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Mark Twain and the Quintus Curtius Snodgrass Letters: A Statistical Test of Authorship
Claude S. Brinegar
Journal of the American Statistical Association
Vol. 58, No. 301 (Mar., 1963), pp. 85-96
Stable URL: http://www.jstor.org/stable/2282956
Page Count: 12
You can always find the topics here!Topics: Authorship attribution, Word frequency analysis, Writing, Frequency distribution, Statistical tests, Control groups, Civil wars, Letter writing, Letters of credit, T tests
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Mark Twain is widely credited with the authorship of 10 letters published in 1861 in the New Orleans Daily Crescent. The adventures described in these letters, which were signed "Quintus Curtius Snodgrass," provide the historical basis of a main part of Twain's presumed role in the Civil War. This study applies an old, though little used statistical test of authorship-a word-length frequency test-to show that Twain almost certainly did not write these 10 letters. The statistical analysis includes a visual comparison of several word-length frequency distributions and applications of the χ2 and two-sample t tests.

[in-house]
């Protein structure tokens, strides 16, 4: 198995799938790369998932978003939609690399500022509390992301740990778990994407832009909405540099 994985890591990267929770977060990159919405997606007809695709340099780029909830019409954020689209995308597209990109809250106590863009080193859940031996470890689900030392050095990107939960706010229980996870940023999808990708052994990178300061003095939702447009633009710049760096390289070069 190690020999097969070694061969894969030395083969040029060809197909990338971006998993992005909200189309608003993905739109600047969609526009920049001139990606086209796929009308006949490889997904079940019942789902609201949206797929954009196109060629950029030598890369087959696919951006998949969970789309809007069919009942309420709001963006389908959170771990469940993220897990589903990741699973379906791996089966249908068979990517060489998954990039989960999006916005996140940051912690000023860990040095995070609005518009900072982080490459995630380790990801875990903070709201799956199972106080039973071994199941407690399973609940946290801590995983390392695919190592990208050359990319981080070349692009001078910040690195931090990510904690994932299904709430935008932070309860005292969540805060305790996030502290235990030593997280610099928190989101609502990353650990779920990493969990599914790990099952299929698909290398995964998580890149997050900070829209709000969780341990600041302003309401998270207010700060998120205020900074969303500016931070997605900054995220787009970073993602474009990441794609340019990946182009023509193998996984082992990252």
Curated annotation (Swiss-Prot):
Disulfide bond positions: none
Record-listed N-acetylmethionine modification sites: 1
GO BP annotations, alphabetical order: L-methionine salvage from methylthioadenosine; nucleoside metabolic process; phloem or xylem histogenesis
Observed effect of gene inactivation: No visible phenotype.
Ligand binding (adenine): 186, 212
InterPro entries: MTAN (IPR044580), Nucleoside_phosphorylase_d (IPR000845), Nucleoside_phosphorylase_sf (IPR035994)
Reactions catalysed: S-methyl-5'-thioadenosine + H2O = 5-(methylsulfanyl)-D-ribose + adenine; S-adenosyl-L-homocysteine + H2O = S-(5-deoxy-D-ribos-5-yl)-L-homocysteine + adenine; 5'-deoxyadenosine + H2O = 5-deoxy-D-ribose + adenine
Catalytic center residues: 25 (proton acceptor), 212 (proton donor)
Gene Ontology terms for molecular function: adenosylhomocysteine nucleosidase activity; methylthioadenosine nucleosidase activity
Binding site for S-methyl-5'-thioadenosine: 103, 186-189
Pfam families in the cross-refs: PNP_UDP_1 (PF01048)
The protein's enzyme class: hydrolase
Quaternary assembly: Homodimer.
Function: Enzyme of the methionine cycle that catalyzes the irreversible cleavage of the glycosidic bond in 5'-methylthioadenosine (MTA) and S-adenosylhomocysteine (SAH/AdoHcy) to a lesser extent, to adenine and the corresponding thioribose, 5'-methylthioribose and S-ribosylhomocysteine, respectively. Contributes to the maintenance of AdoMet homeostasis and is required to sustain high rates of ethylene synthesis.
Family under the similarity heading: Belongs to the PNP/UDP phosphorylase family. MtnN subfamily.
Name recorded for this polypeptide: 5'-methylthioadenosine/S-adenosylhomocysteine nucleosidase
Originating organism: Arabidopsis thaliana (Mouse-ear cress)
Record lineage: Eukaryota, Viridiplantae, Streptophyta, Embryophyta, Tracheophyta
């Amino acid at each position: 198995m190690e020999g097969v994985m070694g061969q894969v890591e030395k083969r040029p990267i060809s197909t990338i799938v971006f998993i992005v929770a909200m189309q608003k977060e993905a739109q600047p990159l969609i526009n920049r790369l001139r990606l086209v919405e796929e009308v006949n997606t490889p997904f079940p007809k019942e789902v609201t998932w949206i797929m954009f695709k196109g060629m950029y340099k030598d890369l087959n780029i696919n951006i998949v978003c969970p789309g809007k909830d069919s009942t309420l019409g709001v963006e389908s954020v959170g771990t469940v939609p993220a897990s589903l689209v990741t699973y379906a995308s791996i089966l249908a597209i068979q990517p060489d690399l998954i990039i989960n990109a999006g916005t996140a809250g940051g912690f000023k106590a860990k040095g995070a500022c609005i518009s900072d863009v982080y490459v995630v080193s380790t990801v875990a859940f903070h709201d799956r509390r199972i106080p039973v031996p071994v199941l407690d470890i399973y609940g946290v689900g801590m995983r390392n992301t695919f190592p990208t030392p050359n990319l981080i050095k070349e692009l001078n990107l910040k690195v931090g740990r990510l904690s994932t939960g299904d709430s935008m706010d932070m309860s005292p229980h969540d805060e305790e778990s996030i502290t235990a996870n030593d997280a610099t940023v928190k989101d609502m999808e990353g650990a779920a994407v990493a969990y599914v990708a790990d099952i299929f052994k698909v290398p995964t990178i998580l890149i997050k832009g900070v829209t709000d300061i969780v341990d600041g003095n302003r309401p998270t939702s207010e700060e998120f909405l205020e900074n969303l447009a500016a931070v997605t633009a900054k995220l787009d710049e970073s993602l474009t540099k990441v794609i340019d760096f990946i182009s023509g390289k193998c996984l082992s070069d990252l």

Journal of the American Statistical Association © 1963 American Statistical Association